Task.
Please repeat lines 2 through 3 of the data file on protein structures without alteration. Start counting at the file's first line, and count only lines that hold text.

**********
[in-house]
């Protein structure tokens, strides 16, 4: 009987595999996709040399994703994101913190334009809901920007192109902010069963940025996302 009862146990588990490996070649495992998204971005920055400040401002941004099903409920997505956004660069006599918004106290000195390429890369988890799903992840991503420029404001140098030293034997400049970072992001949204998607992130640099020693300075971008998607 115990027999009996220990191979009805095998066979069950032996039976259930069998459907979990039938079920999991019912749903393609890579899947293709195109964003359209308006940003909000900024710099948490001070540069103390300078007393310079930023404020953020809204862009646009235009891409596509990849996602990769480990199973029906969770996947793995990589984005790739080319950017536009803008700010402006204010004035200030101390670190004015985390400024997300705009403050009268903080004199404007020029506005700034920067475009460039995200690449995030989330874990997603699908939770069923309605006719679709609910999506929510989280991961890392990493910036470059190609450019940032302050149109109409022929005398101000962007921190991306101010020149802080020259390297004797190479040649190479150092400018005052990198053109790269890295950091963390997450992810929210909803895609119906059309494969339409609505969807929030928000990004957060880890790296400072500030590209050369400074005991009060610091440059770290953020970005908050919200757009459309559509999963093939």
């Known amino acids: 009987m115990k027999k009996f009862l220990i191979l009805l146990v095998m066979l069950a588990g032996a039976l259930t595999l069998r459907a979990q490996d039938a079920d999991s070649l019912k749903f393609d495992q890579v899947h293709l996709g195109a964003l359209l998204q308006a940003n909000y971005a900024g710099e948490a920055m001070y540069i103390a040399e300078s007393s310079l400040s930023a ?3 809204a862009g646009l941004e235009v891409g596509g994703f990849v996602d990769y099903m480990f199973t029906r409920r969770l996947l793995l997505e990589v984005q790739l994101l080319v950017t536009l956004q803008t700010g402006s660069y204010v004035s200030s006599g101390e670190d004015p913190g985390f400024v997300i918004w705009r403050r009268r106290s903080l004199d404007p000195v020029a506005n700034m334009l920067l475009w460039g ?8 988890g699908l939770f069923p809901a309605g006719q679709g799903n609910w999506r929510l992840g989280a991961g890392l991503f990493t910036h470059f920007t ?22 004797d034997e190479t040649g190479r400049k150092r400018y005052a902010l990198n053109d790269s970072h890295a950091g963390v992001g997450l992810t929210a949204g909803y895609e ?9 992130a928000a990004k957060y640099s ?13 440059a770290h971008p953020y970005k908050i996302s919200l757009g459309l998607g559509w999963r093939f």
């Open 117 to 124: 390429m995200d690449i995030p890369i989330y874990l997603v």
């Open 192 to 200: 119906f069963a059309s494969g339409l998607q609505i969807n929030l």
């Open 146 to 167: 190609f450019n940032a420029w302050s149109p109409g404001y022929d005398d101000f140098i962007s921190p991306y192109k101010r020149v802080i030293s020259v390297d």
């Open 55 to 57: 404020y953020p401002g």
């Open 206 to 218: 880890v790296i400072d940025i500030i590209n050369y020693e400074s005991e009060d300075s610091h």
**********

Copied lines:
């Protein structure tokens, strides 16, 4: 009987595999996709040399994703994101913190334009809901920007192109902010069963940025996302 009862146990588990490996070649495992998204971005920055400040401002941004099903409920997505956004660069006599918004106290000195390429890369988890799903992840991503420029404001140098030293034997400049970072992001949204998607992130640099020693300075971008998607 115990027999009996220990191979009805095998066979069950032996039976259930069998459907979990039938079920999991019912749903393609890579899947293709195109964003359209308006940003909000900024710099948490001070540069103390300078007393310079930023404020953020809204862009646009235009891409596509990849996602990769480990199973029906969770996947793995990589984005790739080319950017536009803008700010402006204010004035200030101390670190004015985390400024997300705009403050009268903080004199404007020029506005700034920067475009460039995200690449995030989330874990997603699908939770069923309605006719679709609910999506929510989280991961890392990493910036470059190609450019940032302050149109109409022929005398101000962007921190991306101010020149802080020259390297004797190479040649190479150092400018005052990198053109790269890295950091963390997450992810929210909803895609119906059309494969339409609505969807929030928000990004957060880890790296400072500030590209050369400074005991009060610091440059770290953020970005908050919200757009459309559509999963093939």
């Known amino acids: 009987m115990k027999k009996f009862l220990i191979l009805l146990v095998m066979l069950a588990g032996a039976l259930t595999l069998r459907a979990q490996d039938a079920d999991s070649l019912k749903f393609d495992q890579v899947h293709l996709g195109a964003l359209l998204q308006a940003n909000y971005a900024g710099e948490a920055m001070y540069i103390a040399e300078s007393s310079l400040s930023a ?3 809204a862009g646009l941004e235009v891409g596509g994703f990849v996602d990769y099903m480990f199973t029906r409920r969770l996947l793995l997505e990589v984005q790739l994101l080319v950017t536009l956004q803008t700010g402006s660069y204010v004035s200030s006599g101390e670190d004015p913190g985390f400024v997300i918004w705009r403050r009268r106290s903080l004199d404007p000195v020029a506005n700034m334009l920067l475009w460039g ?8 988890g699908l939770f069923p809901a309605g006719q679709g799903n609910w999506r929510l992840g989280a991961g890392l991503f990493t910036h470059f920007t ?22 004797d034997e190479t040649g190479r400049k150092r400018y005052a902010l990198n053109d790269s970072h890295a950091g963390v992001g997450l992810t929210a949204g909803y895609e ?9 992130a928000a990004k957060y640099s ?13 440059a770290h971008p953020y970005k908050i996302s919200l757009g459309l998607g559509w999963r093939f």